Welcome to another episode of Faster Than Normal! My name is Peter Shankman. Happy Monday, wherever you might be. It’s probably a Wednesday when you're reading, when you're listening to this, but it's a Monday here. It is a gorgeous day in NYC. A little cold, but finally starting to warm up into what we hope will be two days of spring before we get into 90 degrees and humid for the rest of the summer. Anyway, we are going to talk today about healthier lives. Now I say that as someone who has two speeds, as most of us with ADHD do, which is either eating tremendously healthy or eating six pizzas and a box of wine. So knowing that we're going to talk a little bit about balance and a little bit about strengthening the connection for couples who are trying to find that balance as well. We're talking to Lissy Abrahams. She believes that all people have capacity to improve our lives and relationships with the right knowledge and skills. She completed her masters at the internationally renowned Tavistock relationships, even of Tavistock Institute of medical psychology in London, she's held positions on the British society of couples, psycho psychotherapists, and counselors, and was the vice president of the couple child and family psychotherapy association of Australia, Asia CCA, F P AA That must be a lot of fun to say. Lissie runs a Sydney-based therapy clinic, a therapy clinic called health group practice and works therapeutically with clients there and around the world by online sessions; she's launched an online course called learn to skillfully, communicate with your partner and decrease conflict. Welcome to the podcast.
Hi, thanks for having me.
Great to have you. So one of the key things about add and ADHD is sort of that we because we only have two speeds. We, I think one of the things we need the most work. Okay. Sort of decreasing turning down the volume. When we get into an argument, get into a conversation, it's hard for us to just listen. It's hard for us to just, you know, we hear something we immediately want to respond and if we respond and it's not the response that someone expansion that there's not someone wants and may con they come back with it, we feel like we weren't heard. And that's what causes massive fights for us. So I think the first question, you know, in terms of creating a healthier life and sort of allowing our brains to chill and to calm down so we can actually hear the other person.. when you're ADHD and you're up against that times 10. What are your thoughts there? Right? From the beginning?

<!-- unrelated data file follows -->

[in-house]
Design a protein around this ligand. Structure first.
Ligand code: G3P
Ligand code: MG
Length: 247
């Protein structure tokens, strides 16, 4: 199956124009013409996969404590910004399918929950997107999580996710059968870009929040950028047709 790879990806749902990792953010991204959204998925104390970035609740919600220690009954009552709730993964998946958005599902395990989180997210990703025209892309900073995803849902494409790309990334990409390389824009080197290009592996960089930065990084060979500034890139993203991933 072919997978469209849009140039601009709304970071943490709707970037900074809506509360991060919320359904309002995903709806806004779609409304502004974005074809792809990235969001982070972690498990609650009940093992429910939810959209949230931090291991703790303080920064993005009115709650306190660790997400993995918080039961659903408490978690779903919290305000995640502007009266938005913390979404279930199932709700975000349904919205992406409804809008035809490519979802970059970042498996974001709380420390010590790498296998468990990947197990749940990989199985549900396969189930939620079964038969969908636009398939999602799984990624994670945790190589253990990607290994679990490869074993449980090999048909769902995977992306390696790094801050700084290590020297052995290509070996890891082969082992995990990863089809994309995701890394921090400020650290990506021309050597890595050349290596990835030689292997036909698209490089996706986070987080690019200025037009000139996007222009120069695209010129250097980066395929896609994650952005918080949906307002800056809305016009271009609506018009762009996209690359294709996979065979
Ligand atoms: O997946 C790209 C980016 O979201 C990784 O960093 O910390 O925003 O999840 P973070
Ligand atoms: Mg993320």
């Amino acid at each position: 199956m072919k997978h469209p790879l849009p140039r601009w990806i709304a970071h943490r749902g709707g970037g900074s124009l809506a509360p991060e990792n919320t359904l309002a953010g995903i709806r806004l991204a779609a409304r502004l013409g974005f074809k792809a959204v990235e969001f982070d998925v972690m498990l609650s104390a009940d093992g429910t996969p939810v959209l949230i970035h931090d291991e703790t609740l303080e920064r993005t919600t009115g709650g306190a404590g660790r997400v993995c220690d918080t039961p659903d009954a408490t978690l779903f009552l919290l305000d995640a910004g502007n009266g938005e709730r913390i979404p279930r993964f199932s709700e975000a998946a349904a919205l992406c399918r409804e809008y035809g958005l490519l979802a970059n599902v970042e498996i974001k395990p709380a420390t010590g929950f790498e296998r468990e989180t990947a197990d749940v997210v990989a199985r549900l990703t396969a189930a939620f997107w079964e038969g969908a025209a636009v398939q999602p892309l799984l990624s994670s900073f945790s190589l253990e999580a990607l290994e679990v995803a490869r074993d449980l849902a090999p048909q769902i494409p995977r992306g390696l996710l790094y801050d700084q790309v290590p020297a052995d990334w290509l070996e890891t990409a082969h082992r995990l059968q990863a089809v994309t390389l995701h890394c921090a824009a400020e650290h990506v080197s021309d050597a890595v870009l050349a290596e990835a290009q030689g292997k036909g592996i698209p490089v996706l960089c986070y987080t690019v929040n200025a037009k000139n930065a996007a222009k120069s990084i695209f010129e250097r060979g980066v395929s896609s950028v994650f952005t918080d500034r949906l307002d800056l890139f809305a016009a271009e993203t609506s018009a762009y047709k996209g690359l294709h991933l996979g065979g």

I think the biggest gift we can give ourselves is a pause. If we could just take a moment to, even if it's just two seconds to pause before we react, because we're so trigger happy as ADHDer’s, we are so quick to just become little firecrackers. So one of the things I tell all of my clients with ADHD is that just taking a breath and pausing is our best friend. If we don't, we're just going to get ourselves in so much trouble. We we're quite a sensitive group as well. Um, a lot of us have rejection sensitivity as well, so we can very easily feel slighted. So. If we can just slow things down. So in fact, as speeds, slow and fast, we could do really well with that. But I think just slowing it down and breathing; because so often we'll jump in before someone's even finished a sentence and we're not even necessarily grabbing the full context and content of what they're saying, that being a firecracker, we can get ourselves into quite a bit of trouble with that.
Um, most definitely. I think one of the things also is that, you know, when we, when we're trying to talk and we're consistently, we need to feel heard. Um, and so we're not feeling heard. We raised the volume, which doesn't help.
It doesn't help at all and one of the things that happens there is that our partner can be quite confused and they often don't know what to do with that volume. Whereas someone with ADHD they're quite, they can be quite used to it. It's not as startling for non ADHDer’s who don't have that register necessarily. It can be quite a shock to their system and they, that cause a lot of defensiveness on their side and they'll come in and be quite triggered in return. So I think that level of that volume that we can, we can project can be quite frightening at times.